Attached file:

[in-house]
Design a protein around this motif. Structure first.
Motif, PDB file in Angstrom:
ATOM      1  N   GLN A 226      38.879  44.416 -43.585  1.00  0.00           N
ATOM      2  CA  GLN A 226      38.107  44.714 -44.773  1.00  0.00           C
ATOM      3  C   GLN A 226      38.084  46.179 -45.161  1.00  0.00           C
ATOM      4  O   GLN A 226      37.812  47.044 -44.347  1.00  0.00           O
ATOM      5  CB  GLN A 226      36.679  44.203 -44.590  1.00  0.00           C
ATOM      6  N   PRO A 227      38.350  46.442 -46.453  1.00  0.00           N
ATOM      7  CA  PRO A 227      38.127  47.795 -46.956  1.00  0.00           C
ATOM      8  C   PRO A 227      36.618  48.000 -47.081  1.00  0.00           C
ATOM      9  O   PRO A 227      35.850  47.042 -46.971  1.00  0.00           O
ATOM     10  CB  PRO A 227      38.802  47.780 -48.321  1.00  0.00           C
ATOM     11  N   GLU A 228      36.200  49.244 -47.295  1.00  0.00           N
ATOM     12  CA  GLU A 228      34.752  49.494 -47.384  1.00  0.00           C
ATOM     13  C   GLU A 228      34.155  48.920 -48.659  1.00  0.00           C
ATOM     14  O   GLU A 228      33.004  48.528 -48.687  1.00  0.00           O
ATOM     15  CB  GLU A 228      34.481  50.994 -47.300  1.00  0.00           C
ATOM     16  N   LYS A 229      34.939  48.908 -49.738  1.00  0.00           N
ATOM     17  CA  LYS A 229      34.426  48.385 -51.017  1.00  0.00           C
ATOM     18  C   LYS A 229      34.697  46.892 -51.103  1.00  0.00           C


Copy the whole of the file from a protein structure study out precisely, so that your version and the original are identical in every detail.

[in-house]
Design a protein around this motif. Structure first.
Motif, PDB file in Angstrom:
ATOM      1  N   GLN A 226      38.879  44.416 -43.585  1.00  0.00           N
ATOM      2  CA  GLN A 226      38.107  44.714 -44.773  1.00  0.00           C
ATOM      3  C   GLN A 226      38.084  46.179 -45.161  1.00  0.00           C
ATOM      4  O   GLN A 226      37.812  47.044 -44.347  1.00  0.00           O
ATOM      5  CB  GLN A 226      36.679  44.203 -44.590  1.00  0.00           C
ATOM      6  N   PRO A 227      38.350  46.442 -46.453  1.00  0.00           N
ATOM      7  CA  PRO A 227      38.127  47.795 -46.956  1.00  0.00           C
ATOM      8  C   PRO A 227      36.618  48.000 -47.081  1.00  0.00           C
ATOM      9  O   PRO A 227      35.850  47.042 -46.971  1.00  0.00           O
ATOM     10  CB  PRO A 227      38.802  47.780 -48.321  1.00  0.00           C
ATOM     11  N   GLU A 228      36.200  49.244 -47.295  1.00  0.00           N
ATOM     12  CA  GLU A 228      34.752  49.494 -47.384  1.00  0.00           C
ATOM     13  C   GLU A 228      34.155  48.920 -48.659  1.00  0.00           C
ATOM     14  O   GLU A 228      33.004  48.528 -48.687  1.00  0.00           O
ATOM     15  CB  GLU A 228      34.481  50.994 -47.300  1.00  0.00           C
ATOM     16  N   LYS A 229      34.939  48.908 -49.738  1.00  0.00           N
ATOM     17  CA  LYS A 229      34.426  48.385 -51.017  1.00  0.00           C
ATOM     18  C   LYS A 229      34.697  46.892 -51.103  1.00  0.00           C